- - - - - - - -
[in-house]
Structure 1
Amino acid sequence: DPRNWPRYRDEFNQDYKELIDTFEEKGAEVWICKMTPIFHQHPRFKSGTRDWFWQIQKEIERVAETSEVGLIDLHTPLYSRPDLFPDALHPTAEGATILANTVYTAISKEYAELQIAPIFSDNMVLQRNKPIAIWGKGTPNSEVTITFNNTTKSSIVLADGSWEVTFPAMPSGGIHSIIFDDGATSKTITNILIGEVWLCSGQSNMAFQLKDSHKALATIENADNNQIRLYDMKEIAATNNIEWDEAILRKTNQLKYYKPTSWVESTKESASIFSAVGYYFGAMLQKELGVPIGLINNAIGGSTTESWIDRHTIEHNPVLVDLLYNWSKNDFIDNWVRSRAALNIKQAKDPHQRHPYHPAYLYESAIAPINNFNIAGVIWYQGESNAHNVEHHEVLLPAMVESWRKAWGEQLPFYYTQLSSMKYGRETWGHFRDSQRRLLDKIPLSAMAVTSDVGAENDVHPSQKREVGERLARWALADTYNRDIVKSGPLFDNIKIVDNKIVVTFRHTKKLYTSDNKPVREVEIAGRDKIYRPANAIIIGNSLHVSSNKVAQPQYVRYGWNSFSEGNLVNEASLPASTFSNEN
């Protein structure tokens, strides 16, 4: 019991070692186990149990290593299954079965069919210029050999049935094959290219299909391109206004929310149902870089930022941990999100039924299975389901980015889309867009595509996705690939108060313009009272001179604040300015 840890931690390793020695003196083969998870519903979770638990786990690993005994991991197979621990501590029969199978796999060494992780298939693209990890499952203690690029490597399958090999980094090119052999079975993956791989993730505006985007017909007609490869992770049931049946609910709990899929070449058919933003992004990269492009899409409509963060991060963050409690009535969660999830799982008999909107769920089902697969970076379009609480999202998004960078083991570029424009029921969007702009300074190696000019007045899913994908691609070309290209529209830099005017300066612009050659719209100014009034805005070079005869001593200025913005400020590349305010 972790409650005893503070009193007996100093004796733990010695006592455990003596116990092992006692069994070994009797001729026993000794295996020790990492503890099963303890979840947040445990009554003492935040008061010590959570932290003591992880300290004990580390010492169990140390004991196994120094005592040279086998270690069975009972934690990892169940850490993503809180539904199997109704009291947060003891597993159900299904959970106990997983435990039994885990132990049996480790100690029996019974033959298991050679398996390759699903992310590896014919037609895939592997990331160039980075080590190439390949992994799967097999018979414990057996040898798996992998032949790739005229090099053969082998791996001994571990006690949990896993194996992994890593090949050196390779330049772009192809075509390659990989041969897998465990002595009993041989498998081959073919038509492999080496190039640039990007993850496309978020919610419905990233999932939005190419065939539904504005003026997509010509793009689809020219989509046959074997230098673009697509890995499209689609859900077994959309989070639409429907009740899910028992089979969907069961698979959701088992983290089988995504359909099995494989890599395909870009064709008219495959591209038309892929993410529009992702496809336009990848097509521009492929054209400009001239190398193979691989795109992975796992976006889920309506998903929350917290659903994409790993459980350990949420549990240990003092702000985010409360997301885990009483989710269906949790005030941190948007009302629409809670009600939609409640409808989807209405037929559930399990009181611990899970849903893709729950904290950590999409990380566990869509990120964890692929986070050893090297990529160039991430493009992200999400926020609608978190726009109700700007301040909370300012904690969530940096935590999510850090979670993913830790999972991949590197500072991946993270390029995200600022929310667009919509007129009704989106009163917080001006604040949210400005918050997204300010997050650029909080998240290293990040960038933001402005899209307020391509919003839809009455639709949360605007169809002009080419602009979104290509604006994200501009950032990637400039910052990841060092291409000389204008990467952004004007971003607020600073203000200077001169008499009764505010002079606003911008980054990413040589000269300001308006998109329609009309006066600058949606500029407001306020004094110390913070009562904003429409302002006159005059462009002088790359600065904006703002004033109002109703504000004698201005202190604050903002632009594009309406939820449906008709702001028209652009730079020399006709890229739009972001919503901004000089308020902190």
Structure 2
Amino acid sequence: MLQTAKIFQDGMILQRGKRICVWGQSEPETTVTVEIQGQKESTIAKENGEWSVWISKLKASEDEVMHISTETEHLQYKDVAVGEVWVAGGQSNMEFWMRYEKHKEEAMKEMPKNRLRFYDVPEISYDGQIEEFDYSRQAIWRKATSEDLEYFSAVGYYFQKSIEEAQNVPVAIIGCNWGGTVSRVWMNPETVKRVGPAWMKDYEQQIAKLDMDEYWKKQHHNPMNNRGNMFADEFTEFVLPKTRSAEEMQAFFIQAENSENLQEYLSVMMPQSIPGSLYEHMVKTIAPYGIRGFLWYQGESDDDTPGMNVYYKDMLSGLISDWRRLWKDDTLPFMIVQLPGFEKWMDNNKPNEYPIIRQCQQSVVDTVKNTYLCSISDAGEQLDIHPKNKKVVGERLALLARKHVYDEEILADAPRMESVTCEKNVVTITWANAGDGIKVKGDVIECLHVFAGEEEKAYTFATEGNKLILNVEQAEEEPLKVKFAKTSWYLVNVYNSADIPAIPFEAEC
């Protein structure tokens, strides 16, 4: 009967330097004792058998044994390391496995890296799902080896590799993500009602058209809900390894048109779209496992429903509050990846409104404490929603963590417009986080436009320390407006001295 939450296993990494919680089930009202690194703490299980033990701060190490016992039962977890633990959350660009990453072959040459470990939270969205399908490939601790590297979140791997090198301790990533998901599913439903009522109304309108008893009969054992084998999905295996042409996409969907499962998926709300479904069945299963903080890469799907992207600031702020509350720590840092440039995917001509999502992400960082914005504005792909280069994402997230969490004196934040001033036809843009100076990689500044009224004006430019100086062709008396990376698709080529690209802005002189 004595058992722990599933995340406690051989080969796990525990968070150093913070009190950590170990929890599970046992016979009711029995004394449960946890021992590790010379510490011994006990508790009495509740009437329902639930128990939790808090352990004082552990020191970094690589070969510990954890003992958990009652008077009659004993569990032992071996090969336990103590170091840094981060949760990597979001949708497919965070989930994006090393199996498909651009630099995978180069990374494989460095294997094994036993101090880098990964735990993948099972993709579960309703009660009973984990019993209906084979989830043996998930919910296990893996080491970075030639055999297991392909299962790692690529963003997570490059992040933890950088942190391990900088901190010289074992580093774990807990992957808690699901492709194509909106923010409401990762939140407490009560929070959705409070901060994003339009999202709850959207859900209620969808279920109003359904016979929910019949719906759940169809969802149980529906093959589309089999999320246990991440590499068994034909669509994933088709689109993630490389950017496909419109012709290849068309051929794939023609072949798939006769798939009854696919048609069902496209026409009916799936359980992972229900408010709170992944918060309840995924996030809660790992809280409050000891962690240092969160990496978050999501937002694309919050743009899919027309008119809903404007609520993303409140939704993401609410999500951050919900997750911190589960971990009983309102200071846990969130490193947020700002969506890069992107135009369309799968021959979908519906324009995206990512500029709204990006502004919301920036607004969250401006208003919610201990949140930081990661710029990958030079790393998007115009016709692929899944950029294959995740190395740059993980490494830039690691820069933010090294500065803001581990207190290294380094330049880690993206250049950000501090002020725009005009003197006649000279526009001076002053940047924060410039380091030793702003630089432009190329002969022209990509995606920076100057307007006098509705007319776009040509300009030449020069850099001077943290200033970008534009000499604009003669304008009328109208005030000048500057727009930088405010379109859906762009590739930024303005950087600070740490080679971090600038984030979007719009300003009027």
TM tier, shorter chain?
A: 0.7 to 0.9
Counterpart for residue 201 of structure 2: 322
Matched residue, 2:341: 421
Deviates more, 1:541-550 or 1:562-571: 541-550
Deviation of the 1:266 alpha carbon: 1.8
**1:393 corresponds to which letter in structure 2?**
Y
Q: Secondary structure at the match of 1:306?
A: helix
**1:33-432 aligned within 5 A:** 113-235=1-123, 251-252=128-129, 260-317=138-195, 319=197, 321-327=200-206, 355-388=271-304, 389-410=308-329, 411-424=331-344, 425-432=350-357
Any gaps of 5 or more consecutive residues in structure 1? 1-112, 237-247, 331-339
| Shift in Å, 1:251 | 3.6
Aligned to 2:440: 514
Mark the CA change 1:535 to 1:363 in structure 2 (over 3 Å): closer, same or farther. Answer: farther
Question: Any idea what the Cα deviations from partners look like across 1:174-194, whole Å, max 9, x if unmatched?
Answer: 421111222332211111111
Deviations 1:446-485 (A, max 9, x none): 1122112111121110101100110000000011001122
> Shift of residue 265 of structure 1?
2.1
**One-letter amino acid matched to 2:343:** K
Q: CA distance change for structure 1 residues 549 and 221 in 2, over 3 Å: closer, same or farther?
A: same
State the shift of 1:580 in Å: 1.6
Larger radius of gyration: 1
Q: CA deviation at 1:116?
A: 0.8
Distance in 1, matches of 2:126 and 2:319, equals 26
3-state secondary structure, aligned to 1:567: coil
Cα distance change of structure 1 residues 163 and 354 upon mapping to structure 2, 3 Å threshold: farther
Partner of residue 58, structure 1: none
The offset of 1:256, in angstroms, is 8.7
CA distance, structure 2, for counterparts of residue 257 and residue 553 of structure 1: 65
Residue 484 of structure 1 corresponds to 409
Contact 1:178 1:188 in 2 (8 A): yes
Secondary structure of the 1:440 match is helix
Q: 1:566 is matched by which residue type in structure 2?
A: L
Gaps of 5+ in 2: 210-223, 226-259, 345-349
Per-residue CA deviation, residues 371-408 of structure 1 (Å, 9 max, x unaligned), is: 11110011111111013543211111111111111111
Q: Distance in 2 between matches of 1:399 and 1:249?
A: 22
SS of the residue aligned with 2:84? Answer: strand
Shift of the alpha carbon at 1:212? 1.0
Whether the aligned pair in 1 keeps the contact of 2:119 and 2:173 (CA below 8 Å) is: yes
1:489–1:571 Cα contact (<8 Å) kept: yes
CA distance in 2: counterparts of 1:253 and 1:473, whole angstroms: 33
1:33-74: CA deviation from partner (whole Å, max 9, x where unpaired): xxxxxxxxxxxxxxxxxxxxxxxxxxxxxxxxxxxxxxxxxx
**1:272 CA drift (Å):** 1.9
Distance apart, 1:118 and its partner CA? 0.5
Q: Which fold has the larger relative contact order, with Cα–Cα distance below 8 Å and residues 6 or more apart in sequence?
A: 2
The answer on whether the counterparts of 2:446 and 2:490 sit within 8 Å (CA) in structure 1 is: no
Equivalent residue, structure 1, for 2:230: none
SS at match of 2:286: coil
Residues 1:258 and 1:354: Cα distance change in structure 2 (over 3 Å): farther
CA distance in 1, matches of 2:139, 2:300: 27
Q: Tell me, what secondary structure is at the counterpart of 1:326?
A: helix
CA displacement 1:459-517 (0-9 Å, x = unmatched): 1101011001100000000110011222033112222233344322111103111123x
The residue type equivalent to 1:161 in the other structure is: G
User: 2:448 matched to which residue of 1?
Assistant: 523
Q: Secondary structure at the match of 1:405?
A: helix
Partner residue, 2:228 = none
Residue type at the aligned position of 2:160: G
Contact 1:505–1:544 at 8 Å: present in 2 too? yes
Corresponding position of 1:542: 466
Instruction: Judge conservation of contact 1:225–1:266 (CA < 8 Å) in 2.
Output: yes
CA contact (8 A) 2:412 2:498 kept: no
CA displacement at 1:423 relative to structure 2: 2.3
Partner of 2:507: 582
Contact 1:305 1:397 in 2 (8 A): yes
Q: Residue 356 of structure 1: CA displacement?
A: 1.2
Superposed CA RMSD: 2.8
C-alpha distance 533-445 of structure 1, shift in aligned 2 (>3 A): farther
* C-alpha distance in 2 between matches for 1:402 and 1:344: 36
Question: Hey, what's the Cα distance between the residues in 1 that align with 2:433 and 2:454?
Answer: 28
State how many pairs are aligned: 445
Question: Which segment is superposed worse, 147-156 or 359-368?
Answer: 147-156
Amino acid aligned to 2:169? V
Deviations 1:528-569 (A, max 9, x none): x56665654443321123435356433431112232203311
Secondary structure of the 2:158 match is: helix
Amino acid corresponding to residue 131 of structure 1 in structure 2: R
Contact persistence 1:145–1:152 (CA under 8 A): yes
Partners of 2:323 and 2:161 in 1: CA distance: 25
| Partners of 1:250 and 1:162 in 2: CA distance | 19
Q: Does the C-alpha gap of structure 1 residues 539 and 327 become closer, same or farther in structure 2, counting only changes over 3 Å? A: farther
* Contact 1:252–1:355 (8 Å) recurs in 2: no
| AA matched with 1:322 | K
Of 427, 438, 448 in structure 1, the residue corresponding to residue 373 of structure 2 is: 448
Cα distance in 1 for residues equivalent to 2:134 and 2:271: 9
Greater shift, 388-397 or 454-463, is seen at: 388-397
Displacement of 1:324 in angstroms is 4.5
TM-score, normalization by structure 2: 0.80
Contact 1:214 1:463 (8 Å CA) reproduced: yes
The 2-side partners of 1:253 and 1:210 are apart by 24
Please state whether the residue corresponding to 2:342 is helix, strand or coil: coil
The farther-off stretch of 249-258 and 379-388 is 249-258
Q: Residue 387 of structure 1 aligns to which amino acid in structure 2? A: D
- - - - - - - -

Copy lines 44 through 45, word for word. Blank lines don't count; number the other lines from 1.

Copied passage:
Q: 1:566 is matched by which residue type in structure 2?
A: L